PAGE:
“Certain of the techniques seemed to have little effect, whereas waterboarding and sleep deprivation were the two most powerful techniques and elicited a lot of information,” he said in an interview. “But we didn’t have the time or resources to do a careful, systematic analysis of the use of particular techniques with particular individuals and independently confirm the quality of the information that came out.”
Ultimately, it all comes down to a moral question worthy of Dostoevsky. Fortunately, we don’t face such questions in our ordinary lives. But back in 2002 and 2003, members of our government, tasked with the responsibility of preventing the deaths of innocent Americans had to answer that question. They chose one answer and the evidence seems to bear them out that the result was information that prevented further attacks. You can debate the value of that evidence, but can you deny that there was the will on the part of Al Qaeda to kill many more Americans and that there haven’t been such attacks since 9/11? Do you think they just gave up?
Some experts even posit that the captured members of Al Qaeda had accepted a certain amount of treatment so that they could satisfy themselves that they’d resisted enough and could then give up that information.
One former U.S. official with detailed knowledge of how the interrogations were carried out said Mohammed, like several other detainees, seemed to have decided that it was okay to stop resisting after he had endured a certain amount of pressure.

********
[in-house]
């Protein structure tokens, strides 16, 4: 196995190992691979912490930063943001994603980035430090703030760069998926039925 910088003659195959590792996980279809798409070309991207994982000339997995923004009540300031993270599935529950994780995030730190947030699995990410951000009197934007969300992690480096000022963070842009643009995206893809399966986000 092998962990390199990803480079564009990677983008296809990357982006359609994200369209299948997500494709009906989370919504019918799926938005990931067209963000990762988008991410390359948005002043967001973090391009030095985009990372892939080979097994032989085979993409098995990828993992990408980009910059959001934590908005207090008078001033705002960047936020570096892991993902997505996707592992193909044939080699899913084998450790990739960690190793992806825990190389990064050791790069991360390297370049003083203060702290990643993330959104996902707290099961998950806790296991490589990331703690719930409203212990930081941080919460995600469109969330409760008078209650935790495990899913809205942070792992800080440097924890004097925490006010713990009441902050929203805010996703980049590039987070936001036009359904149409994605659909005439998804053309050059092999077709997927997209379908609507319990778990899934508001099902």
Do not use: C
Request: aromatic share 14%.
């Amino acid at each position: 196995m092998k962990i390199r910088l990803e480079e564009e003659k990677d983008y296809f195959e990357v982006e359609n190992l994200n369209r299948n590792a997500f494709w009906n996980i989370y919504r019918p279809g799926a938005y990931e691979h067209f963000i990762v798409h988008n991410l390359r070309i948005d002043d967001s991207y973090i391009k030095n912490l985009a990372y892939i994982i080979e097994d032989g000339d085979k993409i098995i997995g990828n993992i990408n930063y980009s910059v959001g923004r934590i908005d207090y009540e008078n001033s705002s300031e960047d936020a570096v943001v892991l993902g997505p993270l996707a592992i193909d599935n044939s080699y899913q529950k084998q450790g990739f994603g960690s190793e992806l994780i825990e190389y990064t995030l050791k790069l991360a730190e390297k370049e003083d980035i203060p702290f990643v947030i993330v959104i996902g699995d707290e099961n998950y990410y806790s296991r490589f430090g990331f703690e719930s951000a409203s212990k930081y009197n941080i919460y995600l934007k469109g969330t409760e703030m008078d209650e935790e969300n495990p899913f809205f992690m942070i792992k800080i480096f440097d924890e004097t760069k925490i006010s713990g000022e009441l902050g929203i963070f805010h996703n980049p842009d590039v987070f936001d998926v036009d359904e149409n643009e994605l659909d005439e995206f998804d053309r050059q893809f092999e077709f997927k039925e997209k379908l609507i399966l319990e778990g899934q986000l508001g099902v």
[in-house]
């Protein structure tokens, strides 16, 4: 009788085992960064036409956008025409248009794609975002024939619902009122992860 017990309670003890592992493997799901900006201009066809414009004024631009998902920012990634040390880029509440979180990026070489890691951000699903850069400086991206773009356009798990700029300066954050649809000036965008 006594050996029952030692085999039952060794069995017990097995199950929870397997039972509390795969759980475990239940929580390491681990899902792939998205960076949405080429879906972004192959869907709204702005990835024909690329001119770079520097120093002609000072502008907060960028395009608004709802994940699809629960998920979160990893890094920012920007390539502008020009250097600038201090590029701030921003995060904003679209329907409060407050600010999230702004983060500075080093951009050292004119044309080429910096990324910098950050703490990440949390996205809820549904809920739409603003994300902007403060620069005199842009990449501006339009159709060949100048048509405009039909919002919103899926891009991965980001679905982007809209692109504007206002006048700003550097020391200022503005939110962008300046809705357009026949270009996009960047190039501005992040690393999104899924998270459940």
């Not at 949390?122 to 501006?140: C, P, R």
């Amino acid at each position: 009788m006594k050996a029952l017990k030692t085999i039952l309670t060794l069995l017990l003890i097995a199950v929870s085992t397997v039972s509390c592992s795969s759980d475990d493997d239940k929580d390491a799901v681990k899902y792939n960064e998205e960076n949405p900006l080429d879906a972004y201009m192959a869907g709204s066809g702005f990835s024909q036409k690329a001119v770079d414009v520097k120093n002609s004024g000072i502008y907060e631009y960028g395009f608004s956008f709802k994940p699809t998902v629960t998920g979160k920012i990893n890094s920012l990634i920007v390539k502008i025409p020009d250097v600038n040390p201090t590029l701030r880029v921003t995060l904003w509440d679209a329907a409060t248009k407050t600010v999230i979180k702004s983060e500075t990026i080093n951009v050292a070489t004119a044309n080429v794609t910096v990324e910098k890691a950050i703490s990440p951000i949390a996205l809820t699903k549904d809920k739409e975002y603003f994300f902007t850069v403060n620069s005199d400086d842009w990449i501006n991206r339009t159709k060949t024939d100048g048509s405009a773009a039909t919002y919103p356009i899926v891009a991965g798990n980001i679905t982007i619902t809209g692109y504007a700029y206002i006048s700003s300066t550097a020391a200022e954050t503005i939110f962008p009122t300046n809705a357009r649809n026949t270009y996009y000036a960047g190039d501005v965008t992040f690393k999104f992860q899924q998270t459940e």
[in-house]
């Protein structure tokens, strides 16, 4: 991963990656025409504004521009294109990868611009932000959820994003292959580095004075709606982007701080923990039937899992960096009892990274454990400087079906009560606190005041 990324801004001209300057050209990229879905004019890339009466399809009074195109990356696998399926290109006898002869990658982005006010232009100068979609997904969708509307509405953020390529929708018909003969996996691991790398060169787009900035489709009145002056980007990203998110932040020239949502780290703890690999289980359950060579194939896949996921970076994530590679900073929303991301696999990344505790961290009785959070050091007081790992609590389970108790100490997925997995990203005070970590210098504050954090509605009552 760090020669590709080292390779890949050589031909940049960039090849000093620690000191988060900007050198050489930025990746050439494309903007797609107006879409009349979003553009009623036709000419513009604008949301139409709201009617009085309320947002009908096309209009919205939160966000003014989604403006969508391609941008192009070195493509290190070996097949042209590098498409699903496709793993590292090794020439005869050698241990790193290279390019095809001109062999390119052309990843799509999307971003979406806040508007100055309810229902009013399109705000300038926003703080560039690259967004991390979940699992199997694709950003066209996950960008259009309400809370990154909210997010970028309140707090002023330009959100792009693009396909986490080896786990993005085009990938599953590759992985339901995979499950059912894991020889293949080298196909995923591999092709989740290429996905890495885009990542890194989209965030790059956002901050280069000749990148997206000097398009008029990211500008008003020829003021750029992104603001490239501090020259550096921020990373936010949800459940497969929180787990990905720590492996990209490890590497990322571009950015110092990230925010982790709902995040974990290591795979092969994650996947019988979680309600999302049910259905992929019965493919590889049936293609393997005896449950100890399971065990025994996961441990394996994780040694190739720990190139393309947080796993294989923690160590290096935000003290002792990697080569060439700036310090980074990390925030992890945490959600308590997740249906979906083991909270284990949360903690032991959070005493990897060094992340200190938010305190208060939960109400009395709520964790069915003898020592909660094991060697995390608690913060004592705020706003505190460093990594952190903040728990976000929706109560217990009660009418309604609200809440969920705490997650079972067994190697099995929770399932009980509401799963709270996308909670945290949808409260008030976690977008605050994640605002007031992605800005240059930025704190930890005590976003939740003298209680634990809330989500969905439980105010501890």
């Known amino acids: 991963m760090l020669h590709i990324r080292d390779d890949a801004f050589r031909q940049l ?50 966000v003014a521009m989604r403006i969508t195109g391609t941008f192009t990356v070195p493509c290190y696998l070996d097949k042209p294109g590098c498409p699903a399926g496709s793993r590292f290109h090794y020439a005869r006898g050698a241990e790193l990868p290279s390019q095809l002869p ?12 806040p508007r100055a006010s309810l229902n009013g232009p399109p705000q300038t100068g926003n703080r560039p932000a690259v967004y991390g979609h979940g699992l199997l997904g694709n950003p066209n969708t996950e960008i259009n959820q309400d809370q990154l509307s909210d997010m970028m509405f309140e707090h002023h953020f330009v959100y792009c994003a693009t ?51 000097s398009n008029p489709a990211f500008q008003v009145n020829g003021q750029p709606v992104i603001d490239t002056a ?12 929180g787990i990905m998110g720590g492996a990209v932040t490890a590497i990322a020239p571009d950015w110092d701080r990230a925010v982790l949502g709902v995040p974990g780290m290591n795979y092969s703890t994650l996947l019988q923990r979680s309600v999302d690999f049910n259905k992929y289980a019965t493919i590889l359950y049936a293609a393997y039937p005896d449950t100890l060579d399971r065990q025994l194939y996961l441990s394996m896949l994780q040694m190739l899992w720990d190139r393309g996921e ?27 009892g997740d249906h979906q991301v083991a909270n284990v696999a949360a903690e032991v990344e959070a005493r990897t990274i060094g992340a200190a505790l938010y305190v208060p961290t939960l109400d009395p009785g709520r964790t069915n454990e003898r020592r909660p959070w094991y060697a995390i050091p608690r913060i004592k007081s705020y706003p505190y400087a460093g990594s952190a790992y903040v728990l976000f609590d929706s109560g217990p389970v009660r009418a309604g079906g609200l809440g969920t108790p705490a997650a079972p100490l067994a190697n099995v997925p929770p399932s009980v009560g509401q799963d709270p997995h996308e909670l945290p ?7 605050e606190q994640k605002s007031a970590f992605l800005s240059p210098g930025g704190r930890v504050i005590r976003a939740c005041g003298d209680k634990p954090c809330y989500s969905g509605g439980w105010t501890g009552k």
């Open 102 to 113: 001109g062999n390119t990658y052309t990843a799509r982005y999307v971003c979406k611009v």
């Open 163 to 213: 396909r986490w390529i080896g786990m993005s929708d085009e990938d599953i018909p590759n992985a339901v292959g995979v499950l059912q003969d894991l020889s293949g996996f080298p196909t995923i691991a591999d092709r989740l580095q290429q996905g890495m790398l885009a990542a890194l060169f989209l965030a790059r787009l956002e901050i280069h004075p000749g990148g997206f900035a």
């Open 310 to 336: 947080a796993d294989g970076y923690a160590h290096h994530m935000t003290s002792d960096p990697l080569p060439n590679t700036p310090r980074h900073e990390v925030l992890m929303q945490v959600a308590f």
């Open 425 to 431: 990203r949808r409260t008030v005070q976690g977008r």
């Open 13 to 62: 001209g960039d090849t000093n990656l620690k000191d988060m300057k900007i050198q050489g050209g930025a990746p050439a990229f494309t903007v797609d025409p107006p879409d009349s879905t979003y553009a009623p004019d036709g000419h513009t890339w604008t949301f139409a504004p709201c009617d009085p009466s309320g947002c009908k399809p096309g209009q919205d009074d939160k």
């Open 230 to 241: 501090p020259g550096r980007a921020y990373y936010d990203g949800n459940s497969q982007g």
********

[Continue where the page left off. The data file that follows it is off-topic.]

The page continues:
“Once the harsher techniques were used on [detainees], they could be viewed as having done their duty to Islam or their cause, and their religious principles would ask no more of them,” said the former official, who requested anonymity because the events are still classified. “After that point, they became compliant. Obviously, there was also an interest in being able to later say, ‘I was tortured into cooperating.’ ”
It’s rather interesting that we’re now getting these anonymous leaks from the CIA defending the EITs. I bet that there are a lot of people working now at the CIA who are mightily ticked at seeing the Obama Justice Department go back on the decisions made by career Justice officials to decline to prosecute the CIA.
I’m supremely glad that I don’t have to tackle such difficult moral questions in my daily life. Dostoevsky’s choice of murdering the pawnbroker to help your family is an easy one in comparison. But people bearing the immense responsibility of our safety did have to answer that choice. In the end, I happen to believe that they came to the correct, yet difficult answer. Others disagree and feel that they crossed the line. But those critics aren’t dealing with their own counterfactual. What if we hadn’t used those techniques and what if many more people, or even one more innocent person, had been murdered by a plot that we could have forestalled? Would that have been the correct moral answer? Or would they have wished that they could go back in time and deprive KSM of a bit more sleep and simulated drowning a bit more if it would have saved those lives?